Having witnessed Eric Bledsoe develop as a point guard for the Los Angeles Clippers the past three seasons, I have seen plenty of highs and an equal amount of lows. There was the amazing playoff series against the San Antonio Spurs in 2012 and the difficulties of a turnover-prone rookie season.
Having witnessed Bledsoe's ups and downs, it is easy to see where the guard has improved but also what he still needs to work on.
First, Bledsoe is a menacing defender. His athleticism paired with his 6’7.5” wingspan allows him to hound defenders from one end of the court to the other. He is extremely quick laterally, which allows him to pressure the ball and fight through screens.
Furthermore, Bledsoe excels at jumping into passing lanes. According to NBA.com, Bledsoe finished the season second in steals per 48 minutes, and his defensive pressure caused turnovers that led to easy transition baskets. This is part of the reason why the Clippers bench was so impressive last season.
Other numbers reinforce Bledsoe's talents on the defensive end of the floor. According to 82games, Bledsoe held opposing point guards to a PER of 14.9, right at league average and recorded a career-best defensive rating of 101 (per basketball-reference.com).
As if Bledsoe couldn't be more impressive on defense, he also has the strength and leaping ability to block shots. In fact, Bledsoe led all point guards in blocks per game.
All of the reasons mentioned above are why the Clippers were 4.9 points better defensively with Bledsoe on the floor.
Offensively, Eric Bledsoe is at his best when in transition. Because he is so quick and athletic, Bledsoe is able to maneuver through defenses with ease. In the open court he attacks like a 6’8" forward. Much like Dwyane Wade, Bledsoe does not fear contact and often will finish into defenders and be knocked down as a result.
In half-court sets Bledsoe moves well without the ball, and his adequate ball-handling skills sometimes allow him to penetrate against a set defense.
If you noticed, most of Eric Bledsoe’s strengths are on the defensive side of the ball. It is from where most of his offensive opportunities are generated.
It is in the half-court that he really needs to develop his game.
While he is able to create for himself, he turns the ball over far too much. To his credit, Bledsoe was able to limit his turnovers last season, cutting his turnover percentage from 24.4 to 17.9 while averaging nearly nine more minutes per game.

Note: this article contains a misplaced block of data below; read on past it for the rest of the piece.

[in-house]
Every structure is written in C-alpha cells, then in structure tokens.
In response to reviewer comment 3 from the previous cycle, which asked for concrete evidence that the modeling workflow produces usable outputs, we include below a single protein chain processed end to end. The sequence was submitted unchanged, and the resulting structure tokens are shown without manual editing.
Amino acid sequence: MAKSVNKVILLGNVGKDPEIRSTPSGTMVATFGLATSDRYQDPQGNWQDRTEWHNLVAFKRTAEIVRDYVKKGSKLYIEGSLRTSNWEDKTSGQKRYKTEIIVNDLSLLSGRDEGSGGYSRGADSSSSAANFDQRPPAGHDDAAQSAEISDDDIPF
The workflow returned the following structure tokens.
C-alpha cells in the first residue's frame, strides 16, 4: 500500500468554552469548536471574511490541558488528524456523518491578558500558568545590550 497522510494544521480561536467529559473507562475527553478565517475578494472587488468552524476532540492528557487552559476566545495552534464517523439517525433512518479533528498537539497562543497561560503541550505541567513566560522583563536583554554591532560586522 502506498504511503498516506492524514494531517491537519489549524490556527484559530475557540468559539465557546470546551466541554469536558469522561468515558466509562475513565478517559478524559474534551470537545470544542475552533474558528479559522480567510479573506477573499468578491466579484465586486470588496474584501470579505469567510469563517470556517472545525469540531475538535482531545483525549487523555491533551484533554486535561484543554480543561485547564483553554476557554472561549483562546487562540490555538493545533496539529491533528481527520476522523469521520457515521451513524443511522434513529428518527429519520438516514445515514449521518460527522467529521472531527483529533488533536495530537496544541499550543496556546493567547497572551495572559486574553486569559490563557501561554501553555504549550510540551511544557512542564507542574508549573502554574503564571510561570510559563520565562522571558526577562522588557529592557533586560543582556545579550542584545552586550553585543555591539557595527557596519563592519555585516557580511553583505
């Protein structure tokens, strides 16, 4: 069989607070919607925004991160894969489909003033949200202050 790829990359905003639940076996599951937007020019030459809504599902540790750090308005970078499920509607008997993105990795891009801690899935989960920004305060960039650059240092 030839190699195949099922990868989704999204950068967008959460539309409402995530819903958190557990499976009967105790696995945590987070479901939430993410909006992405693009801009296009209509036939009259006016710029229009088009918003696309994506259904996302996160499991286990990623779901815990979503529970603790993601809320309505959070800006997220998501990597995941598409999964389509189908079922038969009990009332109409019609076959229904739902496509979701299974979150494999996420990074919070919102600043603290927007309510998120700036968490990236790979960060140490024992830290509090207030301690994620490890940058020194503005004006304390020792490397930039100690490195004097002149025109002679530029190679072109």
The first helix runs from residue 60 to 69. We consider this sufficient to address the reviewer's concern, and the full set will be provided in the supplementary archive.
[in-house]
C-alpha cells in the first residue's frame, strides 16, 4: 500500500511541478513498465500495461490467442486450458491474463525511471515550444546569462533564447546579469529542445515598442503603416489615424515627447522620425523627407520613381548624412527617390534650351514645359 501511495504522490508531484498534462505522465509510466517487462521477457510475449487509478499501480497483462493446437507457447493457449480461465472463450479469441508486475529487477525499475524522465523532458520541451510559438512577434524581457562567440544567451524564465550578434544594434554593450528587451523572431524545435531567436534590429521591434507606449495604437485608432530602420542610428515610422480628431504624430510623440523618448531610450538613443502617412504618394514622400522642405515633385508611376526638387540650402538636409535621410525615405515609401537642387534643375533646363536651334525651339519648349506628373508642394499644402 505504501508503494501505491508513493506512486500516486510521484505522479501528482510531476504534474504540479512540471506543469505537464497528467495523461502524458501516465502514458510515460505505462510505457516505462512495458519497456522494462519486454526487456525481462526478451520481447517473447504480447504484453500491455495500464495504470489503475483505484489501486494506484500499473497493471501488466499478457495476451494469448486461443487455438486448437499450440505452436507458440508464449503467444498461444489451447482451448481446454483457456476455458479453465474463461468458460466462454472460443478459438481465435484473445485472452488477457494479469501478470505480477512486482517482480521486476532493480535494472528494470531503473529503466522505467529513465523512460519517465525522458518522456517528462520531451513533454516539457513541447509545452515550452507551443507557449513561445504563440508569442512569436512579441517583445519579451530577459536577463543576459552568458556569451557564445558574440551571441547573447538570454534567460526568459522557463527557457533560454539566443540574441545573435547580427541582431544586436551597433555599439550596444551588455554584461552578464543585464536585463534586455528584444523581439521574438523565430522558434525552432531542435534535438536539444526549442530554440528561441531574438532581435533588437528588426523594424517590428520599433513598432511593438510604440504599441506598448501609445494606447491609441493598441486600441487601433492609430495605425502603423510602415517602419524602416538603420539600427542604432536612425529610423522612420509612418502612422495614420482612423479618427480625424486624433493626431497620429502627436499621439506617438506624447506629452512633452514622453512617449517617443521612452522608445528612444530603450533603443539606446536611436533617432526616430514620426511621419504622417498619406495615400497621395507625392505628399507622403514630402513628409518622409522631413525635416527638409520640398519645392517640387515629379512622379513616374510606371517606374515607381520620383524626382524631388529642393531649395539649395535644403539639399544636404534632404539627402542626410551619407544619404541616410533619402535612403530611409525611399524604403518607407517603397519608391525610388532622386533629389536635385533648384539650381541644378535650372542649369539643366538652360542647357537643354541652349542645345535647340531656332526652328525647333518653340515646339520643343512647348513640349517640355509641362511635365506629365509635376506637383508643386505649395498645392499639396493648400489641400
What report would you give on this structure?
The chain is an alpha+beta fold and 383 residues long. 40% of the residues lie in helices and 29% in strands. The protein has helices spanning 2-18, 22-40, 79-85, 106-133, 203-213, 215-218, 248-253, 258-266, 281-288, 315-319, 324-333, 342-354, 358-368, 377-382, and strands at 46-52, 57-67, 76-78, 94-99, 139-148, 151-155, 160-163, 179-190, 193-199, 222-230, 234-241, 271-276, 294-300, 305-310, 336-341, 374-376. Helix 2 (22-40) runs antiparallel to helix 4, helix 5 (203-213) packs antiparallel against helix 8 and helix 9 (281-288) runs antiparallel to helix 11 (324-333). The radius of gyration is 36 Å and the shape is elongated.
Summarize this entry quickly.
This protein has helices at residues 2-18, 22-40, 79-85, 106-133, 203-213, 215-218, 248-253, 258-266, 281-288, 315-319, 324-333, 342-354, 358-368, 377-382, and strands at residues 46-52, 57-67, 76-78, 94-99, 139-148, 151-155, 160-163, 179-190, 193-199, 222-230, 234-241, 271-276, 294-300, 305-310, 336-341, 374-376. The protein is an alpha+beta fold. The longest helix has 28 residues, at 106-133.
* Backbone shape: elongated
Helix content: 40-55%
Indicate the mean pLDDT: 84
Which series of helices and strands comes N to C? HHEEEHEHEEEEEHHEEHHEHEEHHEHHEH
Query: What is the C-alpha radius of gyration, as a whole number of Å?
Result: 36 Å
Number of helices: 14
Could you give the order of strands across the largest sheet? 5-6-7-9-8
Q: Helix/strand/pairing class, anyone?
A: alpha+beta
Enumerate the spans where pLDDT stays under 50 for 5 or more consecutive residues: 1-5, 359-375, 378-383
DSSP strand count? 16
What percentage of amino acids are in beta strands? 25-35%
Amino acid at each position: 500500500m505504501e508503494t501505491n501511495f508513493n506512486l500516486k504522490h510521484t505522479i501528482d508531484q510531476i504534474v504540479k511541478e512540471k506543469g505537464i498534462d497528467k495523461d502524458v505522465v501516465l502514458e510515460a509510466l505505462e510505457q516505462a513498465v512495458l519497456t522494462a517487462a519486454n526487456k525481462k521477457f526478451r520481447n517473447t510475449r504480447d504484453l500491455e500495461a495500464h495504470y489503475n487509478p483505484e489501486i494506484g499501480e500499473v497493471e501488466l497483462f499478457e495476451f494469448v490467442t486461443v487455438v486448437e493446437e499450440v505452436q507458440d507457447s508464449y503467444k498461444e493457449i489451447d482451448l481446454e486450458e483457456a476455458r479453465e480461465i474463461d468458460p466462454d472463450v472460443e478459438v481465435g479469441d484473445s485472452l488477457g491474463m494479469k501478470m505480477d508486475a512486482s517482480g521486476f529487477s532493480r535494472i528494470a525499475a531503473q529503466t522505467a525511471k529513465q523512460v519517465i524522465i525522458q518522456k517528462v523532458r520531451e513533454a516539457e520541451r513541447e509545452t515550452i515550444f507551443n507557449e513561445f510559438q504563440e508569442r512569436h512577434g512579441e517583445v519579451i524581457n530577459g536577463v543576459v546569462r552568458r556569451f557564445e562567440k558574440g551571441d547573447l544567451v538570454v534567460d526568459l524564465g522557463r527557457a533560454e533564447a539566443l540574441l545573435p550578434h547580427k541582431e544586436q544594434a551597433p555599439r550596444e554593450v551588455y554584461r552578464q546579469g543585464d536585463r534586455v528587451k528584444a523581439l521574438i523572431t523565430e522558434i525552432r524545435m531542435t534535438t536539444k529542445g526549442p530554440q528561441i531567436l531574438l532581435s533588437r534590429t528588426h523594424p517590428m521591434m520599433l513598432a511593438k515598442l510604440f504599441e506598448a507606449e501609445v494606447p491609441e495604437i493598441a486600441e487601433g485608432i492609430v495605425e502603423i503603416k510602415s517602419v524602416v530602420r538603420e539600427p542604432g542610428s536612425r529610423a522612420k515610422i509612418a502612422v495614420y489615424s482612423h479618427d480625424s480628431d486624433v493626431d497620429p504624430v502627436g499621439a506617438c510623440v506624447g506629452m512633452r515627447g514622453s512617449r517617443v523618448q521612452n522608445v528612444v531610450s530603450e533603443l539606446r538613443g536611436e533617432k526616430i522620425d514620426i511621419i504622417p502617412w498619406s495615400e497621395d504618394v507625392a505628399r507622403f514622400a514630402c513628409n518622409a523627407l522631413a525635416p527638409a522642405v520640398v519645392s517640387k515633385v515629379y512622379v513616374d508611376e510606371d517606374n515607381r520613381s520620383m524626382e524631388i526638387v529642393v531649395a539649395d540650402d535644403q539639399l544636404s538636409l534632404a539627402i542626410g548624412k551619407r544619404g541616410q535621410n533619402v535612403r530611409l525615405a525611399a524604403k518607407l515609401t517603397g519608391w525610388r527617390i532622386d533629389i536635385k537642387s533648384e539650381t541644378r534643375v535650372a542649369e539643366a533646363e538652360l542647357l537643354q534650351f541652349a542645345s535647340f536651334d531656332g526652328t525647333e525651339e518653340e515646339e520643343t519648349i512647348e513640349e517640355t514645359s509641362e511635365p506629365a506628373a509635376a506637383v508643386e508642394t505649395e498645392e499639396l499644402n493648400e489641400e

However, he split primary ball-handling duties with Chris Paul and Jamal Crawford. This is one of the reasons why it might be a good idea for the Suns to play him next to Goran Dragic for extended periods of time. He must prove that he can take care of the ball in order to become an adequate offensive threat.
Additionally, his jump shot needs a lot of work. Bledsoe shot a career-high 44.5 percent from the field last season. That simply is not going to cut it for a starting guard.
Furthermore, do not let his three-point percentage fool you. Yes, he did shoot (what was for him) an outstanding 39.7 percent from long distance. But he did so in a limited number of attempts, making 31 of just 78 three-point attempts on the season. While the percentage looks fine, it definitely appears to be more of an outlier than a sign of genuine improvement.
For example, according to hoopdata, Bledsoe connected on only 29 percent of his long twos (16-23 feet). The problem seems to be his form: Each time he shoots and does not have time to properly set his feet, his elbow will flare, the release point will change and he gets off-balance.
The final thing he needs to work on is his awareness when running the offense. Bledsoe recorded an assist percentage of only 23.5. To put that in perspective, Chris Paul’s percentage was 46.5.
He needs to be able to see the floor better, which should come with more minutes. While Bledsoe may never dominate the ball like Paul does, he needs to find a more efficient way to run sets and create for others.
Eric Bledsoe is one of the most athletic point guards in the entire league. The things he can do defensively are so important and effective that they offset deficiencies in other areas of his game. The steals, blocks and pressure defense will be essential to the Phoenix Suns, a team that needs to dramatically improve its defense.
While he is limited offensively, he is still only 23 years old. His overall game has most definitely progressed since his days as a rookie for the Clippers.
Because of Bledsoe's youth and upside, acquiring him was well worth the risk for the Suns. They have a full season to gauge how his offensive game develops, especially in his role as the primary ball-handler.
Furthermore, Bledsoe will play a career high in minutes in Phoenix. The importance of that for a young player cannot be understated. While players develop their skills in the offseason, they need minutes in live-game situations to develop their awareness and feel for the game.
My final thought for Suns fans: Focus on the defense and intensity Bledsoe brings to the table rather than fret over how many jumpers he bricked the night before. In time, the jumper will develop, but his infectious energy and fearlessness will make him an immediate fan favorite.